2. Certificate of completion (Level II): This level will be for professionals, or anyone in the public, who would like to receive a certificate of completion but do not require university credits. The certificate of completion would be granted with the backing of the universities within the collaboration for a small fee. Such professional certifications are in high demand as employers are requiring additional knowledge and skills from their employees as markets and situations shift. Unlike Level I, this level will provide some faculty interaction and can be taken asynchronously or on a semester schedule.

3. University credit (Level III): The third level would be for those students who would like to receive university credits for a course. Course credits would be required for anyone who wishes to receive an accredited university degree. These degrees would come directly from the university at which the student is enrolled. The courses they would be required to take would also be determined through the requirements set by the university they attend. This level would provide full faculty interaction and give students an experience that would match or exceed that of a traditional face-to-face course.

Advanced information technologies make it possible to accomplish goals in education that could never have been possible before. As Internet technology has matured it has become feasible to address issues that have perplexed educators for generations in innovative and newly effective ways. The idea that universities can reach anyone, anywhere, at any time, means that tertiary institutions in Jamaica have no excuse.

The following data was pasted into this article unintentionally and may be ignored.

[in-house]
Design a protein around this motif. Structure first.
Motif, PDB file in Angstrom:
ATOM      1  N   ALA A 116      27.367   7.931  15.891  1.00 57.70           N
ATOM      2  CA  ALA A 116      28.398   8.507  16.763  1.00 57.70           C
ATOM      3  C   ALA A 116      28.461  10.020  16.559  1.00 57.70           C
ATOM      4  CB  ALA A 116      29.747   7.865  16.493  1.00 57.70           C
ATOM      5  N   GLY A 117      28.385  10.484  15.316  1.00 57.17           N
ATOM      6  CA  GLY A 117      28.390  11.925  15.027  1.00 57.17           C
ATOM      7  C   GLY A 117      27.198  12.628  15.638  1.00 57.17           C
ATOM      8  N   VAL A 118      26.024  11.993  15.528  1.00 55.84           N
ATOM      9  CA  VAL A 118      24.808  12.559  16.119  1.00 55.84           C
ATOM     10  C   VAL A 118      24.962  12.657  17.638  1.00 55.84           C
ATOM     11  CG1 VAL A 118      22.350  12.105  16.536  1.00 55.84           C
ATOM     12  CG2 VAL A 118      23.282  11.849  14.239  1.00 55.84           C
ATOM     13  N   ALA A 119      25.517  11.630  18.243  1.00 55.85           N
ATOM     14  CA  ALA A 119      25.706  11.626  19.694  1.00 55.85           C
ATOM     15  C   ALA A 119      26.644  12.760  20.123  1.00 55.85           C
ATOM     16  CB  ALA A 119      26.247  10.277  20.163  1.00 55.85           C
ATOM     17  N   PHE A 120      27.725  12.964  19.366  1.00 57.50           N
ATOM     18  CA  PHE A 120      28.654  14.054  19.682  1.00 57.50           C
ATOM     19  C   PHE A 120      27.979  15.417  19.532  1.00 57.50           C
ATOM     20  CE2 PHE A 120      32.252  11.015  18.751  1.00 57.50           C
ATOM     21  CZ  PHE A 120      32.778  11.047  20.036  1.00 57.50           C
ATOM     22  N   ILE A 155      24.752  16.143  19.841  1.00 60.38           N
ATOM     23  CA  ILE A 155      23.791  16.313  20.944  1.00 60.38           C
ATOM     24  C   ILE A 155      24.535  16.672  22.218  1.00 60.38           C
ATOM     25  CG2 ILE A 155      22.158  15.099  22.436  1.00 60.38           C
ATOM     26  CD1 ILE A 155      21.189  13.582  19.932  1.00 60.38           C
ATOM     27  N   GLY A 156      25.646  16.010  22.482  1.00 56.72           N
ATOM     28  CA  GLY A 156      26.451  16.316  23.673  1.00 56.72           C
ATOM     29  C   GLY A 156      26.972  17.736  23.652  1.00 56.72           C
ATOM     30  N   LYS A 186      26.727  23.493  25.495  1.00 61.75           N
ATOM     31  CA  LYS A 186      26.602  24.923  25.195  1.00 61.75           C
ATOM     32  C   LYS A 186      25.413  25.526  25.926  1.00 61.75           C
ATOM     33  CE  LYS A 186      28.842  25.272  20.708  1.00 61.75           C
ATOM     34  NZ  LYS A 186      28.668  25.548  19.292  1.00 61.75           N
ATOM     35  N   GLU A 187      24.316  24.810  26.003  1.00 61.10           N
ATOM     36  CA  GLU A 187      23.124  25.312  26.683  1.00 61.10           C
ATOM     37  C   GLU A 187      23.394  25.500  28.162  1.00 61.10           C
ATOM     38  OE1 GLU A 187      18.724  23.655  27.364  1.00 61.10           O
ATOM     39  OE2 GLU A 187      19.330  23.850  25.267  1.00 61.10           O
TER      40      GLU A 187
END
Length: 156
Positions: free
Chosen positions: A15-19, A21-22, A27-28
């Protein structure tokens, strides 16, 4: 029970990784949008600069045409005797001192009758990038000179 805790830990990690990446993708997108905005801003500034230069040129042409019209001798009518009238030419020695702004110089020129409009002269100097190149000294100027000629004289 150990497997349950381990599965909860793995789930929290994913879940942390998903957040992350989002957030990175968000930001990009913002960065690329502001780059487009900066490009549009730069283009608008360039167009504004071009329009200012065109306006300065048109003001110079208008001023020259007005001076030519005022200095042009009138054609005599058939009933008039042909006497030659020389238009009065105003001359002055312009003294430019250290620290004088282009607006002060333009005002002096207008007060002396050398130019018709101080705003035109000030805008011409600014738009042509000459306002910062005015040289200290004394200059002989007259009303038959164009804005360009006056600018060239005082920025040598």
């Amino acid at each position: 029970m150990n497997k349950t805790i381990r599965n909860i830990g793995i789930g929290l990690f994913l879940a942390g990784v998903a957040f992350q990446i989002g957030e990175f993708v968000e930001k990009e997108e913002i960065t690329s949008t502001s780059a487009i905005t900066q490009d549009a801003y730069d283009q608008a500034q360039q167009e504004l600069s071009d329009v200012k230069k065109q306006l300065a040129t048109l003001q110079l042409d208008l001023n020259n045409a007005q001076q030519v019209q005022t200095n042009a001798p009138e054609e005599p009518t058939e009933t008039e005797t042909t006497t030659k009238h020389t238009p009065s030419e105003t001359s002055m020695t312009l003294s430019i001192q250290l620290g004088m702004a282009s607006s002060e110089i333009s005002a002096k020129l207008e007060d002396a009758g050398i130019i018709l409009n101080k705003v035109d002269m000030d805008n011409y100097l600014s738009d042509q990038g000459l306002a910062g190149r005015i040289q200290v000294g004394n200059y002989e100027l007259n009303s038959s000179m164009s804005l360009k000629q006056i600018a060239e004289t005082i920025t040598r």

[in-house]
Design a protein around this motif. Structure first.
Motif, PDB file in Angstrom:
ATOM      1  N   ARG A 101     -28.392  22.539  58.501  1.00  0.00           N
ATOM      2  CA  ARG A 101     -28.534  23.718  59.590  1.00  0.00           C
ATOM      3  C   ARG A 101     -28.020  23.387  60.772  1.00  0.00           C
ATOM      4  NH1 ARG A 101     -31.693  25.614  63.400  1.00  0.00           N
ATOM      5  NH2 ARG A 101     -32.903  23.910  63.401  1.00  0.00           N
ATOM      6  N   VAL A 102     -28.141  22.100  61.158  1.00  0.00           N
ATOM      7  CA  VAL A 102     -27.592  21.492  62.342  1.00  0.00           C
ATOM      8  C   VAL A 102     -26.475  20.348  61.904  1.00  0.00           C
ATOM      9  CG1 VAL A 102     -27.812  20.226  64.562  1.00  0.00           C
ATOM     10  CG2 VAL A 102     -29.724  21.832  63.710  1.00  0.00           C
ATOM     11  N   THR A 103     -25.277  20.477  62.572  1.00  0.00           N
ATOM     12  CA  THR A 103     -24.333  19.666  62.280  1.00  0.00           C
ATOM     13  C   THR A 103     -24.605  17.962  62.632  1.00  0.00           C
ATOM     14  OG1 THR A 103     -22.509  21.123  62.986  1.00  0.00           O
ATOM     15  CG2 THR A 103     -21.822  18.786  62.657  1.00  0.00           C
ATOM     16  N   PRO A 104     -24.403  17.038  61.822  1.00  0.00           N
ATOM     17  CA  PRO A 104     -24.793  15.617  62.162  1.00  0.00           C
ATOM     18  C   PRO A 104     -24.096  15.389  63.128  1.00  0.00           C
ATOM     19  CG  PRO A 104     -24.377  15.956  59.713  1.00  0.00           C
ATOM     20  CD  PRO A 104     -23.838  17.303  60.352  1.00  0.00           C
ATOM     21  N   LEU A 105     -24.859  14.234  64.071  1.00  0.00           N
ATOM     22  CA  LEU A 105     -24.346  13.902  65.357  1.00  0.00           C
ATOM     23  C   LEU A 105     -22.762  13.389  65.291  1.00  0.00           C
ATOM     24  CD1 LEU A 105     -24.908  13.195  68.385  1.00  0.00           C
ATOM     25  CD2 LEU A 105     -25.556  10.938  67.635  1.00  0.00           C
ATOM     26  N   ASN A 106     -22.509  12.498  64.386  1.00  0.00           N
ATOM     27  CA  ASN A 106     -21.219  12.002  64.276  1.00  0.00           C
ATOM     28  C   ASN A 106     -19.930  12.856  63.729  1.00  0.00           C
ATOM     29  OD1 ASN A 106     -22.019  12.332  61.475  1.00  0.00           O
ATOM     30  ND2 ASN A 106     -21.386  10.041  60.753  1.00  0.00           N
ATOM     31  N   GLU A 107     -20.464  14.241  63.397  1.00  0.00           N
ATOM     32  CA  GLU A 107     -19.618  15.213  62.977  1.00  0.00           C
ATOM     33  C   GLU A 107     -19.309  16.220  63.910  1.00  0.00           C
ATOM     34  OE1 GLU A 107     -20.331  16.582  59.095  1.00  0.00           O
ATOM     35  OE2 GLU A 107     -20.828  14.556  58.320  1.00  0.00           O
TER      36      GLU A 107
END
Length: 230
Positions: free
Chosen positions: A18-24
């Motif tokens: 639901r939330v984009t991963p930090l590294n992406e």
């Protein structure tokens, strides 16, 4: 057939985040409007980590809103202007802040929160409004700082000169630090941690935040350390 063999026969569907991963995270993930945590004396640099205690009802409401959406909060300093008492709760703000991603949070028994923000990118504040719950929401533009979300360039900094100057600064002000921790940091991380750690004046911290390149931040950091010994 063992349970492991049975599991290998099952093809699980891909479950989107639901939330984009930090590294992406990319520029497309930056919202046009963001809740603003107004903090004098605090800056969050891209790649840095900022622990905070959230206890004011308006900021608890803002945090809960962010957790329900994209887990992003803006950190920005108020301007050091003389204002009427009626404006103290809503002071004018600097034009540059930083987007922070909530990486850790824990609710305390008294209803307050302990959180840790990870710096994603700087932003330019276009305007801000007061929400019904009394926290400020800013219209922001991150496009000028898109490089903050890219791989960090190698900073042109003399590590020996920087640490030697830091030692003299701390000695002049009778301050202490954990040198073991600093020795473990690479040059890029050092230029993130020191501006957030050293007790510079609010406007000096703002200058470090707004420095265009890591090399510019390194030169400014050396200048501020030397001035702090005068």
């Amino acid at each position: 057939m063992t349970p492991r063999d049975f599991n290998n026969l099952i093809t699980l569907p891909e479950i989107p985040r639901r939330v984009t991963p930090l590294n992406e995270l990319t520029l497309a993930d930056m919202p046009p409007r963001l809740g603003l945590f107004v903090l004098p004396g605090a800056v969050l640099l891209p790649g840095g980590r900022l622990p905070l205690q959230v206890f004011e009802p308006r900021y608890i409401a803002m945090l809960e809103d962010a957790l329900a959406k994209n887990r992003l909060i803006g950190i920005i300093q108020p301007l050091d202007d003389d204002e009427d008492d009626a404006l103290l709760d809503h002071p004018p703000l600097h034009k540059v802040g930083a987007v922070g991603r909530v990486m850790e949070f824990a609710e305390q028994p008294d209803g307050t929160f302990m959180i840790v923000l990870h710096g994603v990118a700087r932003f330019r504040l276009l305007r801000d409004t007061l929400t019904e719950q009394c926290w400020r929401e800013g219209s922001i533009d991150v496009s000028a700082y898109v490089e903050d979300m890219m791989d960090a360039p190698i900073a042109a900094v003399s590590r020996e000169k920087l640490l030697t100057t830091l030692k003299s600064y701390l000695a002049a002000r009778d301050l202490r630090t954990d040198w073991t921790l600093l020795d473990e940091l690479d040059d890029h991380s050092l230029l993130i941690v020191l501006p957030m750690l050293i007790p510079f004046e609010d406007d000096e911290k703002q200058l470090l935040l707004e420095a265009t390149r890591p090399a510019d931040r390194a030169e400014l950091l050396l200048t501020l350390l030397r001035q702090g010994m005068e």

Everyone can compete for students, faculty, and resources across regional boundaries, and internationally. Online technology is beginning to drive a necessary shift in the scope and aspirations of educational institutions around the world. The Internet will become bigger, faster, smarter, and relatively cheaper as the future unfolds. Each successive generation of this technology has the potential to revolutionise higher education continually for the foreseeable future.

Do the cost-benefit analysis and, without being a mathematician, it is clear that adding 10,000 more students to the enrolment virtually means less building space, electricity, air conditioning, student furniture, parking space, and I can go on and on.

While I await the details of Minister Reid's restructuring plan, permit me please to ask some questions for clarity:

• What body is responsible for the restructuring?

• Has this body been commissioned, and what are the terms of reference?

• Who in the tertiary educational landscape is the restructuring for?

• Since The University of the West Indies (UWI) is a regional body, does the Jamaican Government have policy jurisdiction?

• How will the restructuring affect tertiary institutions like Northern Caribbean University, University of the Caribbean Commonwealth, and other privately operated institutions?

• Is the University of Technology, Jamaica the national university? If yes, why is the subvention so low, and why has the Government paid such scant regard in resolving the long-vexed issue of restructuring the salaries of the academic staff in alignment with their counterparts at The UWI, Mona? Are they lesser academics?

• Will the tertiary institutions that will be so affected participate in the process?

Our tertiary education system needs to adjust to a quickly changing world. The traditional role of universities as storehouses of knowledge and the source of delivery of that content is being overshadowed by the massive availability of information on the Internet. So, Minister, let's talk!

Henry J Lewis is a lecturer at the University of Technology, Jamaica, School of Humanities and Social Sciences. Send comments to the Observer or